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The Liberal Versus Selective Use of Drug-Coated Balloon Angioplasty in Femoropopliteal Disease

Ali F AbuRahma*

Department of Vascular and Endovascular Surgery, West Virginia University, West Virginia, USA

*Corresponding Author:
Ali F AbuRahma
Department of Vascular and Endovascular Surgery
West Virginia University
West Virginia, USA
Tel: 304-388-4887
Fax: 304-388-4879
E-mail:[email protected]

Received date: September 17, 2019 Accepted date: September 20, 2019 Published date: September 27, 2019

Citation: AbuRahman AF (2019) The Liberal Versus Selective Use of Drug-Coated Balloon Angioplasty in Femoropopliteal Disease. J Vasc Endovasc Therapy 4:20


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Stents were originally utilized to prevent elastic recoil of arteries after percutaneous transluminal angioplasty (PTA). However, they have been hypothesized to increase neointimal hyperplasia by increasing inflammatory reaction and inducing trauma. Therefore, drug-coated balloons (DCBs) were designed to deliver large doses of anticell proliferating agent directly to the injured vessel in order to decrease the neointimal hyperplastic process.

Several studies have reported somewhat satisfactory results of paclitaxel DCBs in primary and restenotic femoral-popliteal lesions. Over the past few years, three DCBs have been approved for use in the United States: IN.PACT Admiral (Medtronic, Dublin, Ireland), Lutonix 0.35 (Bard, Tempe, Arizona) and Stellarex (Philips, Amsterdam, The Netherlands). Most of the results of clinical data came from industry sponsored multicenter clinical trials and includes mainly patients with lower Rutherford classes (claudication) as opposed to critical limb ischemia (CLI) patients.

These studies showed that when compared to conventional PTA, DCBs had improved patency rates when used to treat popliteal and SFA lesions. However, they were limited by heterogeneous patient populations, shorter follow-up and smaller sample size.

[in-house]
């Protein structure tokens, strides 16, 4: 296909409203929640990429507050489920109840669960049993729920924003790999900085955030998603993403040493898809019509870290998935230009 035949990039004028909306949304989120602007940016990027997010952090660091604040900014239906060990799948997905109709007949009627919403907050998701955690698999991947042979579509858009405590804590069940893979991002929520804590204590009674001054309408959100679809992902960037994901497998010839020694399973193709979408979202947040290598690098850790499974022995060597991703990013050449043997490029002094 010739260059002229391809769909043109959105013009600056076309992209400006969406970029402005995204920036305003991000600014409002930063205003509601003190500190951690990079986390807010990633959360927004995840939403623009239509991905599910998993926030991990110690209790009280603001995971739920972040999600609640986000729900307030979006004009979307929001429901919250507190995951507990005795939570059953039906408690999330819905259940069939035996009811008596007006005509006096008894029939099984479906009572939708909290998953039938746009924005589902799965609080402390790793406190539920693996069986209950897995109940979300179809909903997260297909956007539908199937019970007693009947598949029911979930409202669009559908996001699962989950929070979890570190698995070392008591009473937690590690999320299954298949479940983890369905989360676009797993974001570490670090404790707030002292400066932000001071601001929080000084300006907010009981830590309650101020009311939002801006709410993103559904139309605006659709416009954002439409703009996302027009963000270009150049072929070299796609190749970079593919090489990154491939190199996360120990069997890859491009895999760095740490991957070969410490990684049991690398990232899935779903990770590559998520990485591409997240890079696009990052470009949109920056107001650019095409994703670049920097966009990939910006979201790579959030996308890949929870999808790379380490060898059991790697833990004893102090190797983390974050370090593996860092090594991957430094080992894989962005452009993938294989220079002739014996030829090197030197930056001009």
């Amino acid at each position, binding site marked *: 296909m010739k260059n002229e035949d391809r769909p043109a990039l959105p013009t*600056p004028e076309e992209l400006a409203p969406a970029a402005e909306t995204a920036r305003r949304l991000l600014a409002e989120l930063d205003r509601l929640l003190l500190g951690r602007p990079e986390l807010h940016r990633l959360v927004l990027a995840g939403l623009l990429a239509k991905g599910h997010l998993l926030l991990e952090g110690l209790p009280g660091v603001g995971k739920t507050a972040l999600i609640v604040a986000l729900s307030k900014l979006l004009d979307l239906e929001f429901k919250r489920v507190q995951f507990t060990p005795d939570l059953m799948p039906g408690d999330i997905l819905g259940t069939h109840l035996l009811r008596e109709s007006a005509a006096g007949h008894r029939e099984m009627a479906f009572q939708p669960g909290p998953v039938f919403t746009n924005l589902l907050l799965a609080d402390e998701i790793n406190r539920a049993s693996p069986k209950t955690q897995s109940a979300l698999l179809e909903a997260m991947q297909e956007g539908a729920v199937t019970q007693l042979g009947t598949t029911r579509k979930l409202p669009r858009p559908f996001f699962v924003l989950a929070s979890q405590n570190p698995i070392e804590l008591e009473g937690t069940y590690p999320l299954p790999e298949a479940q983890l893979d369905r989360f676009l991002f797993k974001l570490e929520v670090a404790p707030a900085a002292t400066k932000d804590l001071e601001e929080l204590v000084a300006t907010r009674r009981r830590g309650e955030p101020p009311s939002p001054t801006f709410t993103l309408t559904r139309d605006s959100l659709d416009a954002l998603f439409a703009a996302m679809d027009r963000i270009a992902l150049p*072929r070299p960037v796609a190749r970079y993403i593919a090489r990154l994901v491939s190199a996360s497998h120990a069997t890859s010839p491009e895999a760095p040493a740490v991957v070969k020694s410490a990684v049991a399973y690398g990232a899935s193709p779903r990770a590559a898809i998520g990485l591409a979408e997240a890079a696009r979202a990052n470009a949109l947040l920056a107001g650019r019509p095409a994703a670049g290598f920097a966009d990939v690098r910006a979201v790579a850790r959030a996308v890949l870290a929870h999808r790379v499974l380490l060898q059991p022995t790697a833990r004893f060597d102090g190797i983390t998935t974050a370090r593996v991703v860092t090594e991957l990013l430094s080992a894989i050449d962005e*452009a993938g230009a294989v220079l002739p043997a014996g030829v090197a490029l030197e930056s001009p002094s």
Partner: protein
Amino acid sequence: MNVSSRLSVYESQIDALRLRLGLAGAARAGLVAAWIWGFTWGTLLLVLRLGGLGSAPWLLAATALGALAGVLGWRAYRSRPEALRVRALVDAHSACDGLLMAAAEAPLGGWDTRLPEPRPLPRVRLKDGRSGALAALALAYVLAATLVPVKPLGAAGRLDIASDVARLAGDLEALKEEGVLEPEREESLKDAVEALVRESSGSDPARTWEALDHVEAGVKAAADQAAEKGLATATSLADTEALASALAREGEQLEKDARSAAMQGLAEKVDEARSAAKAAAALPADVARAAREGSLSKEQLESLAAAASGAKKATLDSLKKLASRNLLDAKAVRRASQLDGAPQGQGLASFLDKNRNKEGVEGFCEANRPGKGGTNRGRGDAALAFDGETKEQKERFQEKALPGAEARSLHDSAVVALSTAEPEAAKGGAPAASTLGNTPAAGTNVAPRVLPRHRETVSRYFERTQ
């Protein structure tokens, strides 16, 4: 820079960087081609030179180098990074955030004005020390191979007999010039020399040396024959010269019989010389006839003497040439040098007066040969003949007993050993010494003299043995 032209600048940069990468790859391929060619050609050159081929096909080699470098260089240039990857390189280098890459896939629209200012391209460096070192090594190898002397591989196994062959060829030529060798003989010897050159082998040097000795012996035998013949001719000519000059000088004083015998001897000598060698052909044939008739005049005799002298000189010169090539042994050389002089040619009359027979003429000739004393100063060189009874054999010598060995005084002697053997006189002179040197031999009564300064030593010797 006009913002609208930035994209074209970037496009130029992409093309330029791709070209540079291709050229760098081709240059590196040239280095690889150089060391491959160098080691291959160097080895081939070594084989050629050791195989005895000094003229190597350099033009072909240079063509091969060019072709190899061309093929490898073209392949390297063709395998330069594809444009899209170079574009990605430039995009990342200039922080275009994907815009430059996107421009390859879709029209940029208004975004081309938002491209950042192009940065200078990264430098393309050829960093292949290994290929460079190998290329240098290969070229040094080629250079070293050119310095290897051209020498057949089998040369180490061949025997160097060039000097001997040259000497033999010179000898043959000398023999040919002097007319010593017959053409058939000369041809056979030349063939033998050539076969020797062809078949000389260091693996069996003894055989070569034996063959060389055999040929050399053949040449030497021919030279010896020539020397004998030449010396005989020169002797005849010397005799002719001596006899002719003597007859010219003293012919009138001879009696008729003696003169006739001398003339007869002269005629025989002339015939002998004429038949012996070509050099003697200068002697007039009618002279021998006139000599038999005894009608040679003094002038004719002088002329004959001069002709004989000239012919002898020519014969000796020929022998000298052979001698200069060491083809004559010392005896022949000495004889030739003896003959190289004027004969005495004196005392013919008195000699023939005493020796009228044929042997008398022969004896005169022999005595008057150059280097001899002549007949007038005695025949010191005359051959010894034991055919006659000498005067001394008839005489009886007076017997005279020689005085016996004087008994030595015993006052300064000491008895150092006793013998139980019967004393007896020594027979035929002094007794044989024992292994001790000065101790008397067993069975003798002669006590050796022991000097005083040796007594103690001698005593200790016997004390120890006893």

In the LEVANT 1 trial, 101 patients were randomized to uncoated balloons vs Lutonix DCB and found that primary patency rates were significantly better with DCB at 12 months (74% vs 57%, P<0.001). Additionally, major adverse events (death/target lesions thrombosis/reintervention/amputation) at 24 months were 46% for conventional PTA vs 39% for DCB (P=0.45).

The largest DCB trial was the LEVANT 2 trial which randomly assigned 476 patients with Rutherford Class 2, 3 and 4 to POBA vs Lutonix DCB in a 1:2 ratio. The mean total lesions length was 101.2±84 mm, 31% of these lesions had total occlusion and only 22% were longer than 150 mm. Compared with conventional PTA, the primary patency at 12 and 24 months was superior in patients who had Lutonix DCB (85% and 76%).

A few single center studies have been published to verify the outcome from real world experience. We recently analyzed 228 patients who were treated with DCB angioplasty (Lutonix 0.35). Treated lesions were primarily TASC C and D. Indications included critical limb ischemia (CLI) (Rutherford Class 4 and 5) in 60% and Rutherford Class 2 and 3 (claudication) in 40%. 64% of patients obtained symptom relief (improvement of ≥ one Rutherford Class).

Primary patency rates at 1 and 2 years were 56% and 39%, while limb salvage rates were 92% and 83%, respectively. Symptom improvement was 49% for CLI vs 0% for claudication (P<0.001). Major amputation rate was 13% for CLI vs 0% for claudications (P<0.001). Primary patency rates at 1 and 2 years were 54% and 37% for CLI vs 59% and 41% for claudication (P=0.307). TASC A-C lesions had a primary patency rate of 82% and 71% at 1 and 2 years vs 29% and 14% for TASD D lesions (P<0.001) while limb salvage rates were 85% and 74% for CLI vs 100% and 100% for claudication at 1 and 2 years, respectively.

To be noted that, in our study the mean lesion length was much longer (20 cm) than the LEVANT 1 and 2 trials, 23% (47 lesions) were >30 cm and 66% (138 lesions) were >15 cm. 45% of the lesions in our series were also TASC D lesions and 40% had chronic total occlusions.

For patients with TASC D femoropopliteal lesions, the optimal therapy remains ill-defined. If patients have a low operative risk and favorable anatomy, the current SVS Practice Guidelines for Management of Claudication Patients, recommend surgical bypass as an initial strategy particularly in patients with small caliber artery (<5 mm), extensive calcification of SFA or femoropopliteal occlusive disease (TASC D lesions).

With the recent meta-analysis/systematic review of randomized controlled trials which analyzed paclitaxel coated stents/paclitaxel coated balloon angioplasty in the femoropopliteal arterial location found that mortality was significantly higher using these devices. Therefore, doctors should be cautious when using these devices. For shorter femoropopliteal lesions, data suggests that selective use of DCBs would be a better choice.

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